Agricultural Region MLC Rick Mazza of the Shooters, Fishers and Farmers Party has called the State Government’s proposed farm trespass legislation, which gives new powers to animal welfare inspectors, underhanded and a step too far.
Under the proposed Animal Welfare and Trespass Legislation Amendment Bill 2020 Consultation Draft, inspectors have right of entry to a property at any time and without a warrant.
Mr Mazza said the WA Parliament rejected the provision to give designated general inspectors powers of entry to properties for compliance monitoring during the recent Animal Welfare Amendment Bill 2017 debate.
“We are dealing with farm trespass, so for Government to try and sneak in animal welfare inspectors again makes no sense and is very underhanded,” Mr Mazza said.
“An increase in penalties for farm trespass and animal welfare related incidents is welcome, but these are two separate issues and should be treated as such.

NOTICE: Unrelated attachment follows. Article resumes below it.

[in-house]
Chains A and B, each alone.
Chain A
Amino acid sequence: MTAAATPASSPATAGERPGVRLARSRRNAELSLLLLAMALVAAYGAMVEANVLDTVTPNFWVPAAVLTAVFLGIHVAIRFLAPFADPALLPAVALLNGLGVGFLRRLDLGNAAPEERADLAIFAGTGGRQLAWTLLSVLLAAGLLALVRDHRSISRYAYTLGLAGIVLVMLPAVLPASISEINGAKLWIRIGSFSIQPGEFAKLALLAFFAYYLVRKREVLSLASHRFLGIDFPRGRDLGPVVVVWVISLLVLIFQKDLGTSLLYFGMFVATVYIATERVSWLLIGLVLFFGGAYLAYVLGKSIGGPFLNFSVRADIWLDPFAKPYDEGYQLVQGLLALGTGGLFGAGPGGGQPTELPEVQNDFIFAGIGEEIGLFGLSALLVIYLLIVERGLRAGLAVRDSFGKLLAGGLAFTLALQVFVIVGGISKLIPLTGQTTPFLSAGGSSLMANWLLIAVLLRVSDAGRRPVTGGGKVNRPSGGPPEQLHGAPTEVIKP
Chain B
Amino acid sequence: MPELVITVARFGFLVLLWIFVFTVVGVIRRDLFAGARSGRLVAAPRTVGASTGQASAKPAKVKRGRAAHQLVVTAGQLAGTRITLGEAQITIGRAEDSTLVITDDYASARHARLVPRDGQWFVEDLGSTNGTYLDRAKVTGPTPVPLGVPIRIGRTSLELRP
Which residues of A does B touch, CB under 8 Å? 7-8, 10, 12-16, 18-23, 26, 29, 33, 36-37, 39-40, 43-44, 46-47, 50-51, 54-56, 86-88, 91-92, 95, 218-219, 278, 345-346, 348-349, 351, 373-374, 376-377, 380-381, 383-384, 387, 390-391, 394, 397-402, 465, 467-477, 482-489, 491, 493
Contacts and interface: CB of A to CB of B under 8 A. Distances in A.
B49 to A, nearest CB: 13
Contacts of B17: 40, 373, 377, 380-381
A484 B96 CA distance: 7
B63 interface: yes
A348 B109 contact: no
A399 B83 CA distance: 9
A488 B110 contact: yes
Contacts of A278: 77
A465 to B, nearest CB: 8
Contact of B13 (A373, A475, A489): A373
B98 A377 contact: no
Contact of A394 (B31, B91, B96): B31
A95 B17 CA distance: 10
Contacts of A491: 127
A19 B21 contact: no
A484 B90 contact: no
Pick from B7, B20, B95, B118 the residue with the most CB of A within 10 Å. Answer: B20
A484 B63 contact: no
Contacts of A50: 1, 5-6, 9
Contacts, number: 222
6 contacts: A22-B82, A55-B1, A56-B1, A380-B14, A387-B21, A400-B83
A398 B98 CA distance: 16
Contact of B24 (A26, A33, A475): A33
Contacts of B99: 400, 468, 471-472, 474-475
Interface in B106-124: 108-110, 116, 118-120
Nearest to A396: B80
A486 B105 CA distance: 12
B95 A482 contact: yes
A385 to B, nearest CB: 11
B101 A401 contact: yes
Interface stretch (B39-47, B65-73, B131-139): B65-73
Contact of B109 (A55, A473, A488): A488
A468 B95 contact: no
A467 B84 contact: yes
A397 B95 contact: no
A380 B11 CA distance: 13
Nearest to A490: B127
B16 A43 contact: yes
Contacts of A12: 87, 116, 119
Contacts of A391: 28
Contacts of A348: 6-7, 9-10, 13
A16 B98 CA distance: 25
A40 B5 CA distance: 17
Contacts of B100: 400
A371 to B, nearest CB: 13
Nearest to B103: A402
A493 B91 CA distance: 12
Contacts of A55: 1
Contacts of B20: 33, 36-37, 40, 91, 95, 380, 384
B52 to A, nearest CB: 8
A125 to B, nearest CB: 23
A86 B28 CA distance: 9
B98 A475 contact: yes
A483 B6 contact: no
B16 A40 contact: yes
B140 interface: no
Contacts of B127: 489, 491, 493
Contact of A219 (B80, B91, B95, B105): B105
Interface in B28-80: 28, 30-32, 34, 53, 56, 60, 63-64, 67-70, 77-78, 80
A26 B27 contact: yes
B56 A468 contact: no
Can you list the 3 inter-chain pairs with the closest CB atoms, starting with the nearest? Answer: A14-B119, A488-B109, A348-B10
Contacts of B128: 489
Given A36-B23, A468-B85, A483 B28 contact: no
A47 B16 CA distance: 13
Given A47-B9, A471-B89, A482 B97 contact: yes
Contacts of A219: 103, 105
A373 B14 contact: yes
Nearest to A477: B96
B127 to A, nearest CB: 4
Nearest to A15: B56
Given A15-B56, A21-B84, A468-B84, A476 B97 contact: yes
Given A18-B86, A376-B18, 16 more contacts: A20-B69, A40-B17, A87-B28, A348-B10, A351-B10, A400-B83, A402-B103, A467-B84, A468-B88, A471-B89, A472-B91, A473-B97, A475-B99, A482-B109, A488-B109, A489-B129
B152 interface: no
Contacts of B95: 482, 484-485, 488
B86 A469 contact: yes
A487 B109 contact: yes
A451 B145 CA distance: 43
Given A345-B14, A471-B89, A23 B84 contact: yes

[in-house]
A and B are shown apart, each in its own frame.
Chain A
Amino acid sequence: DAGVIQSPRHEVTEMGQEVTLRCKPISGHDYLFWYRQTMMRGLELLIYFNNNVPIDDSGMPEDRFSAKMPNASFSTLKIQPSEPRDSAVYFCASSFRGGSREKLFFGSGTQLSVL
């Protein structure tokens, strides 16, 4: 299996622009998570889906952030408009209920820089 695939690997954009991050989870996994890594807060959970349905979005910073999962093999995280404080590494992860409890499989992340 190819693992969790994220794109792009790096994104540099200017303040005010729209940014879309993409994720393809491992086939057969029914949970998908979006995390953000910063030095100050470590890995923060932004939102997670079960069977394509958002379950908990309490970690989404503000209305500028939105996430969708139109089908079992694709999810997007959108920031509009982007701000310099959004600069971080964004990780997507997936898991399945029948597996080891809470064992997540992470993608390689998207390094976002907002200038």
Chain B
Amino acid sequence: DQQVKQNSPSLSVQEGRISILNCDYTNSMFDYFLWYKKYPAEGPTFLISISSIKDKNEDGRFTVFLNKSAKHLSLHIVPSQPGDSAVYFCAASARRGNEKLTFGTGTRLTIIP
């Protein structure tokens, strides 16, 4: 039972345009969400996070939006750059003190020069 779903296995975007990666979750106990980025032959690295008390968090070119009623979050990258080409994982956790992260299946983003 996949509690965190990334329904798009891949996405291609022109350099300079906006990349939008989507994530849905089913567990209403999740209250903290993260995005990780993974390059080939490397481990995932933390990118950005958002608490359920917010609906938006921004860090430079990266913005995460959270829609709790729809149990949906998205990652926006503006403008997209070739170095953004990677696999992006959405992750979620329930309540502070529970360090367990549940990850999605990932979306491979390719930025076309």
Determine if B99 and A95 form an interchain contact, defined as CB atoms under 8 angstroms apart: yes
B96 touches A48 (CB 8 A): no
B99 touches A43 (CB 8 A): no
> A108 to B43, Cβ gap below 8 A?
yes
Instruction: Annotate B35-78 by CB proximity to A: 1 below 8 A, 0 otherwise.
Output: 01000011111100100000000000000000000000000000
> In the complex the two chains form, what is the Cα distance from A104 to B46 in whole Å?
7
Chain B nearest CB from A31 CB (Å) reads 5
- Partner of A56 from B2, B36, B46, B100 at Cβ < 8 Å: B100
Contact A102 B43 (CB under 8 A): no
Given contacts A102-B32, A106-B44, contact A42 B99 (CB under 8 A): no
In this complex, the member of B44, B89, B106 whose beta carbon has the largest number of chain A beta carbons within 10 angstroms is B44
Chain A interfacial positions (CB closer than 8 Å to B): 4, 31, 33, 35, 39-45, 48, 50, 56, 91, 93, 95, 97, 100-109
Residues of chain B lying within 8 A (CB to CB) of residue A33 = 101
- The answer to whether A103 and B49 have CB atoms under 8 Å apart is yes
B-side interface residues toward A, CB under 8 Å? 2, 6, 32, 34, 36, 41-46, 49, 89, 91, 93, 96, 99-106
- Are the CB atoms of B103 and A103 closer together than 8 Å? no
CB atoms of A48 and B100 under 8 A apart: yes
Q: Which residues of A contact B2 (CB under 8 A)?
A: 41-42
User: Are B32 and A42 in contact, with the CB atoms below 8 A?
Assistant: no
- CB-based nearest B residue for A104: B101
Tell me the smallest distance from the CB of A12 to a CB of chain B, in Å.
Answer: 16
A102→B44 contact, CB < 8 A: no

“The focus should be squarely on activists who harass farmers going about their lawful business adhering to animal welfare laws.”
“Finding nine of the Standing Committee on Legislation report into the Animal Welfare Amendment Bill 2017 found the unfettered powers of entry that were proposed for designated general inspectors are unnecessary,” Mr Mazza said.
“The powers that currently exist for inspectors under the Animal Welfare Act 2002 are sufficient for those purposes.”
Mr Mazza said after 12 months of inaction by the State Government on the issue of farm trespass, it is appalling that it is primary producers who are being targeted by the proposed re-introduction of designated inspectors which had little support.
“I wouldn’t be surprised if government asserts an all or nothing approach to this proposed legislation in an attempt to pressure MPs and industry into accepting these powers of entry without notice.”